The choice to display the work free unframed in space seemed particularly apt for this project because of a tension between the flatness of the stored garment and the 3dimensional quality of a worn garment.  One of the first things that Annabel told me about lace and its display is that it is so often pressed flat and pinned, like a specimen or insect. These associations further ‘kill’ the life of the caps – I wanted them to come to life! So here in these pressed sheets, the glowing images of the bonnets take on a three dimensionality again. Unframed and hanging there they also confront the viewer with a sense of vulnerability, a lightweight delicacy of the lace itself and the gentle light touch required to lift them out of storage to be viewed.

Glowing images of the bonnets
Glowing images of the bonnets

To find out more about my exhibition and drawings, please join me in the Jubilee Room on Monday 1st June at 2.15 for a free gallery talk.

By Sarah Casey, Artist

Travel Back In Time: Discover What Life Was Like In The Stone, Bronze & Iron Ages

This summer the Museum is hosting an exciting Prehistoric People exhibition aimed at children and families. Visitors are able to travel back in time to discover what life was like in the Stone, Bronze and Iron Ages!

Prehistoric People Gallery
Prehistoric People Gallery

Putting the exhibition together has been really interesting and has enabled me to learn so much about this fascinating time period!

What at first appears to be a lump of stone was in fact a ‘hammer stone’ used thousands of years ago to shape flint into sophisticated tools such as arrowheads and hand axes; enabling prehistoric people to hunt and gather food effectively in their local environment.

An arrowhead made from flint
An arrowhead made from flint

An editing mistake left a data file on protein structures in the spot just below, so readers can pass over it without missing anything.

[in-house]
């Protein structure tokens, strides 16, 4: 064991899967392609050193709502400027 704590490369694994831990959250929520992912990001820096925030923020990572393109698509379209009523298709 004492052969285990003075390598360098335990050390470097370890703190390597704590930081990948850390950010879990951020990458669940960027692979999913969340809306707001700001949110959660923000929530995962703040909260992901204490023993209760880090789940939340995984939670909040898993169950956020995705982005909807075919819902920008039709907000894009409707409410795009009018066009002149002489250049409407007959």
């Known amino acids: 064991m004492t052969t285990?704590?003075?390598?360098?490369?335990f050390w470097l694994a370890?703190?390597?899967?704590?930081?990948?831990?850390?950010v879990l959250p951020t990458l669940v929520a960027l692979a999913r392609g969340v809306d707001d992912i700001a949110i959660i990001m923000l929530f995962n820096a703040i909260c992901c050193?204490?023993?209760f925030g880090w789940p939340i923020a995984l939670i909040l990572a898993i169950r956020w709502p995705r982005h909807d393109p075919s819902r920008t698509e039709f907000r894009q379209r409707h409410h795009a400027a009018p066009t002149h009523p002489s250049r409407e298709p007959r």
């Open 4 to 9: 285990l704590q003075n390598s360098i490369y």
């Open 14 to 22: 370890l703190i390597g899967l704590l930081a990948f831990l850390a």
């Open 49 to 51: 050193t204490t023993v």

There are also so many unknown facts which are open to speculation! My favourite is the ‘cup and ring’ stone. The name refers to the most common feature of the design: the cup, a small circular hole, sometimes surrounded by one or more ring-shapes. These marks were carved into the stone with a harder stone chisel or pick. The meaning of these symbols has confused archaeologists for centuries. Different ideas exist. They include maps of the landscape or stars, markers of territory, and symbols in special sacred places but perhaps they were just for decoration. As there are no written records we will never know the answer to this question!

Cup and Ring Stone
Cup and Ring Stone

Also included in the exhibition are examples of Bronze Age pots. Similar to today, clay was used to make pots in different shapes and sizes. The majority of pots on display in the exhibition are urns; used in burials and some contain cremated human remains.

Neolithic and Bronze Age pots were made by rolling long coils of clay which were then laid on top of each other and smoothed over to create the tall sides of the vessel. They were decorated by making marks in the clay using bones, sticks and even fingernails!
Neolithic and Bronze Age pots were made by rolling long coils of clay which were then laid on top of each other and smoothed over to create the tall sides of the vessel. They were decorated by making marks in the clay using bones, sticks and even fingernails!